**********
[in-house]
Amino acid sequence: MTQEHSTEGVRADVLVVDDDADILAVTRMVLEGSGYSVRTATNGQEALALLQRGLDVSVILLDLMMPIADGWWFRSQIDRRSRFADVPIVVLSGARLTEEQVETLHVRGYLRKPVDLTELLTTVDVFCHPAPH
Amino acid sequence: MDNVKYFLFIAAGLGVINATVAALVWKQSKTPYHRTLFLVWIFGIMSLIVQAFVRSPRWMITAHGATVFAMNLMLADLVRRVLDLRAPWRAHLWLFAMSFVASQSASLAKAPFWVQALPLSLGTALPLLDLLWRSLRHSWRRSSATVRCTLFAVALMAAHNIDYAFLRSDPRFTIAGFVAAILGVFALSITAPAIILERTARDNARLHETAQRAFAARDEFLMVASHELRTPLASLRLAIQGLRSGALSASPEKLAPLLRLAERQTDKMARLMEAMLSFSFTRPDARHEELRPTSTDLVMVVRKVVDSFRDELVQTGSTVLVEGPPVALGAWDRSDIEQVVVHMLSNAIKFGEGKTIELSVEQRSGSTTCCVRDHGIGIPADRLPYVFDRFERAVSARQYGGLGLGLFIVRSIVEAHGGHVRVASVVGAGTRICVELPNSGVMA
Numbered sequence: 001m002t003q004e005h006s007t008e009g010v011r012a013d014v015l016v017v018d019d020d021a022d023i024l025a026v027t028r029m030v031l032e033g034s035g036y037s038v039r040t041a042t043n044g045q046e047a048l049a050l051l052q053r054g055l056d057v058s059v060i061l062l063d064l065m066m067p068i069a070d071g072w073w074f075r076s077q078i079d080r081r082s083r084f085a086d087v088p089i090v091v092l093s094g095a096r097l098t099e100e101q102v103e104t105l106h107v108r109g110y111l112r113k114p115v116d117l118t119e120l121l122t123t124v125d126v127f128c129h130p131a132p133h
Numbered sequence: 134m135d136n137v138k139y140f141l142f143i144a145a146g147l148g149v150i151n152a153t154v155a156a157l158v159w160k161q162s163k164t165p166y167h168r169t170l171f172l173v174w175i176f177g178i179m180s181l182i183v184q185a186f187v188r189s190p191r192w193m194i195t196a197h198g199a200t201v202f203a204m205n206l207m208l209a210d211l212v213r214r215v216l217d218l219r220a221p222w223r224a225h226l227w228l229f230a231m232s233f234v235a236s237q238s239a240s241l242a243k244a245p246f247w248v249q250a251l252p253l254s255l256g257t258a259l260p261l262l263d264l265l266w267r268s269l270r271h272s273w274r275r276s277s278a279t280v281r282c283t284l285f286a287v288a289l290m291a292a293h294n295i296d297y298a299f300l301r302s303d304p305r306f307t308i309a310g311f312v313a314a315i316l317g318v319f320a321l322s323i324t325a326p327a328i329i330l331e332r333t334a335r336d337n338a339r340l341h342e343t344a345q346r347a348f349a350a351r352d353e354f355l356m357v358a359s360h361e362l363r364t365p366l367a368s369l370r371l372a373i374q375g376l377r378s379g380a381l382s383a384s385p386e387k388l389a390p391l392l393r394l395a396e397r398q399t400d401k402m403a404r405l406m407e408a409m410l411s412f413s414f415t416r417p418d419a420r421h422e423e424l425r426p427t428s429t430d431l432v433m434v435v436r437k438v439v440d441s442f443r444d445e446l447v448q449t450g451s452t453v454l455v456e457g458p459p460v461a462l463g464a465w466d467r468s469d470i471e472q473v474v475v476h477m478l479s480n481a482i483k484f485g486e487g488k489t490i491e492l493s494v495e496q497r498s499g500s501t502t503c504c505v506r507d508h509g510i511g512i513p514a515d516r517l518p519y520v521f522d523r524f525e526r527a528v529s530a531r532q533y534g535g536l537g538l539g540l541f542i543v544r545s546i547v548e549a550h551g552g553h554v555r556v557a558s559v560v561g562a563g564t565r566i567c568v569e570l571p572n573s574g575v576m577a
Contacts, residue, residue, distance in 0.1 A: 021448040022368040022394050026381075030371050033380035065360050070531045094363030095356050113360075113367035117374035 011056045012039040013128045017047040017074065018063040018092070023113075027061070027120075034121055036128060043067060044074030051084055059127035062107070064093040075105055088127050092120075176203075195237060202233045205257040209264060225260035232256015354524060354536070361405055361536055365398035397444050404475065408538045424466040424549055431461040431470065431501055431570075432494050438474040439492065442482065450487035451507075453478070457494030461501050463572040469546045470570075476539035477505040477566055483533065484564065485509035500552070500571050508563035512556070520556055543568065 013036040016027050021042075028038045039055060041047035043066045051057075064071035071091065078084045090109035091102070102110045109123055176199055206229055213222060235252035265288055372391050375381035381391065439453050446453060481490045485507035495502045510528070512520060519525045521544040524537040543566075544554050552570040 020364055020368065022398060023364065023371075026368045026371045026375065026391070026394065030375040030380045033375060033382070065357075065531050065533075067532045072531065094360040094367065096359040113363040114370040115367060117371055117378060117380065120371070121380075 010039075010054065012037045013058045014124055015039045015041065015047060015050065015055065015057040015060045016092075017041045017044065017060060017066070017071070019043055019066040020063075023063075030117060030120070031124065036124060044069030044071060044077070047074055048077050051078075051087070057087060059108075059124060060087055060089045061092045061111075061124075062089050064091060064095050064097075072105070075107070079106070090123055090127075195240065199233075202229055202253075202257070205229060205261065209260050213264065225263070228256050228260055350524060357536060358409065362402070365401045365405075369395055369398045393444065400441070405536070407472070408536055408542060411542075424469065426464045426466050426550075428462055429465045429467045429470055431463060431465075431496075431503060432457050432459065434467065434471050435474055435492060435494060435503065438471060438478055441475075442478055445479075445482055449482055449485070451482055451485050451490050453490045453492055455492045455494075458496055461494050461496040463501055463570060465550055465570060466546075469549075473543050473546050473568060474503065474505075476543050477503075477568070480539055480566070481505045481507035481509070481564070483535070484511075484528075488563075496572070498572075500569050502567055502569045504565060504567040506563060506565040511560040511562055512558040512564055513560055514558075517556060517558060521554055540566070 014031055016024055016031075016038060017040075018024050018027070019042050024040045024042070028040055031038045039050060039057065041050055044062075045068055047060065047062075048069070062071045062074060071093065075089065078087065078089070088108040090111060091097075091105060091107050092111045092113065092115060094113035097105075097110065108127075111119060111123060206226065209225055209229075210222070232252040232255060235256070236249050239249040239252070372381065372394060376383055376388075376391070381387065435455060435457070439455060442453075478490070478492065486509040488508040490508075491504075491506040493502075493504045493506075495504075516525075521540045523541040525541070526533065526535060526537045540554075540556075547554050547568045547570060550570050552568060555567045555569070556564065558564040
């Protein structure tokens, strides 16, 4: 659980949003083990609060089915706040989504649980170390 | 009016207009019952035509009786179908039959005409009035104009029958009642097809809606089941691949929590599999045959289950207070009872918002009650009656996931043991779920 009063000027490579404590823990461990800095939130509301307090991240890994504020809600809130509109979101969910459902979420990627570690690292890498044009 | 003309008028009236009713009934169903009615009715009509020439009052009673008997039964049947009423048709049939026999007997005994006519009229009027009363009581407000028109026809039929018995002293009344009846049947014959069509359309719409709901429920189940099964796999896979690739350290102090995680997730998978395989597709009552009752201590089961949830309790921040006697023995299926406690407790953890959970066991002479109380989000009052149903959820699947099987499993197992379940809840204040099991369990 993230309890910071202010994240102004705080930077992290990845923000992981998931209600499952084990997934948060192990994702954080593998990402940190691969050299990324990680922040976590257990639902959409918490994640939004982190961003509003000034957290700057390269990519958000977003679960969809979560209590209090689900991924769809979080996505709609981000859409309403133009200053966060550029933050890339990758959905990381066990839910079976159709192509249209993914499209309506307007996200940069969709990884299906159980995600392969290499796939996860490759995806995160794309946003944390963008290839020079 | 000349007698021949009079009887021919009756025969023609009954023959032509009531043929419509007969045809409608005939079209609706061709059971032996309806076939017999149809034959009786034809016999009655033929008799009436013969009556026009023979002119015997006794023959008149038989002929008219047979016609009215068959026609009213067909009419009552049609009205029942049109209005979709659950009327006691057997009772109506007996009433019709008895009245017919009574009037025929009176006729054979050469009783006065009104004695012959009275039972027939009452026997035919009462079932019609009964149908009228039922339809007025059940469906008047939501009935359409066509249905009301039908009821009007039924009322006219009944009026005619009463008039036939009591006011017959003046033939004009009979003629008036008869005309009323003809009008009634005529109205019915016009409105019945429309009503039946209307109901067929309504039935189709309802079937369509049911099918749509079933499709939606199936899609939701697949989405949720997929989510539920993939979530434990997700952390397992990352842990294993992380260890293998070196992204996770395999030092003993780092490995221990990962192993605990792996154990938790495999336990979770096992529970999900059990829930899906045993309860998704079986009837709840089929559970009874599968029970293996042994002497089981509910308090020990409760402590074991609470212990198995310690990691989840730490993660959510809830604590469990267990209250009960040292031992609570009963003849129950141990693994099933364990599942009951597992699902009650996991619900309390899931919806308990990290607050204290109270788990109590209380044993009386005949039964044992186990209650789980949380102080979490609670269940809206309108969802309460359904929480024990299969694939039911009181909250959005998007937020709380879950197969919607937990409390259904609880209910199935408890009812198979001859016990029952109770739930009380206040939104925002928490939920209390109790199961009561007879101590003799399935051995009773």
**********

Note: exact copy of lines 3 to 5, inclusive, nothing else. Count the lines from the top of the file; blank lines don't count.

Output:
Amino acid sequence: MDNVKYFLFIAAGLGVINATVAALVWKQSKTPYHRTLFLVWIFGIMSLIVQAFVRSPRWMITAHGATVFAMNLMLADLVRRVLDLRAPWRAHLWLFAMSFVASQSASLAKAPFWVQALPLSLGTALPLLDLLWRSLRHSWRRSSATVRCTLFAVALMAAHNIDYAFLRSDPRFTIAGFVAAILGVFALSITAPAIILERTARDNARLHETAQRAFAARDEFLMVASHELRTPLASLRLAIQGLRSGALSASPEKLAPLLRLAERQTDKMARLMEAMLSFSFTRPDARHEELRPTSTDLVMVVRKVVDSFRDELVQTGSTVLVEGPPVALGAWDRSDIEQVVVHMLSNAIKFGEGKTIELSVEQRSGSTTCCVRDHGIGIPADRLPYVFDRFERAVSARQYGGLGLGLFIVRSIVEAHGGHVRVASVVGAGTRICVELPNSGVMA
Numbered sequence: 001m002t003q004e005h006s007t008e009g010v011r012a013d014v015l016v017v018d019d020d021a022d023i024l025a026v027t028r029m030v031l032e033g034s035g036y037s038v039r040t041a042t043n044g045q046e047a048l049a050l051l052q053r054g055l056d057v058s059v060i061l062l063d064l065m066m067p068i069a070d071g072w073w074f075r076s077q078i079d080r081r082s083r084f085a086d087v088p089i090v091v092l093s094g095a096r097l098t099e100e101q102v103e104t105l106h107v108r109g110y111l112r113k114p115v116d117l118t119e120l121l122t123t124v125d126v127f128c129h130p131a132p133h
Numbered sequence: 134m135d136n137v138k139y140f141l142f143i144a145a146g147l148g149v150i151n152a153t154v155a156a157l158v159w160k161q162s163k164t165p166y167h168r169t170l171f172l173v174w175i176f177g178i179m180s181l182i183v184q185a186f187v188r189s190p191r192w193m194i195t196a197h198g199a200t201v202f203a204m205n206l207m208l209a210d211l212v213r214r215v216l217d218l219r220a221p222w223r224a225h226l227w228l229f230a231m232s233f234v235a236s237q238s239a240s241l242a243k244a245p246f247w248v249q250a251l252p253l254s255l256g257t258a259l260p261l262l263d264l265l266w267r268s269l270r271h272s273w274r275r276s277s278a279t280v281r282c283t284l285f286a287v288a289l290m291a292a293h294n295i296d297y298a299f300l301r302s303d304p305r306f307t308i309a310g311f312v313a314a315i316l317g318v319f320a321l322s323i324t325a326p327a328i329i330l331e332r333t334a335r336d337n338a339r340l341h342e343t344a345q346r347a348f349a350a351r352d353e354f355l356m357v358a359s360h361e362l363r364t365p366l367a368s369l370r371l372a373i374q375g376l377r378s379g380a381l382s383a384s385p386e387k388l389a390p391l392l393r394l395a396e397r398q399t400d401k402m403a404r405l406m407e408a409m410l411s412f413s414f415t416r417p418d419a420r421h422e423e424l425r426p427t428s429t430d431l432v433m434v435v436r437k438v439v440d441s442f443r444d445e446l447v448q449t450g451s452t453v454l455v456e457g458p459p460v461a462l463g464a465w466d467r468s469d470i471e472q473v474v475v476h477m478l479s480n481a482i483k484f485g486e487g488k489t490i491e492l493s494v495e496q497r498s499g500s501t502t503c504c505v506r507d508h509g510i511g512i513p514a515d516r517l518p519y520v521f522d523r524f525e526r527a528v529s530a531r532q533y534g535g536l537g538l539g540l541f542i543v544r545s546i547v548e549a550h551g552g553h554v555r556v557a558s559v560v561g562a563g564t565r566i567c568v569e570l571p572n573s574g575v576m577a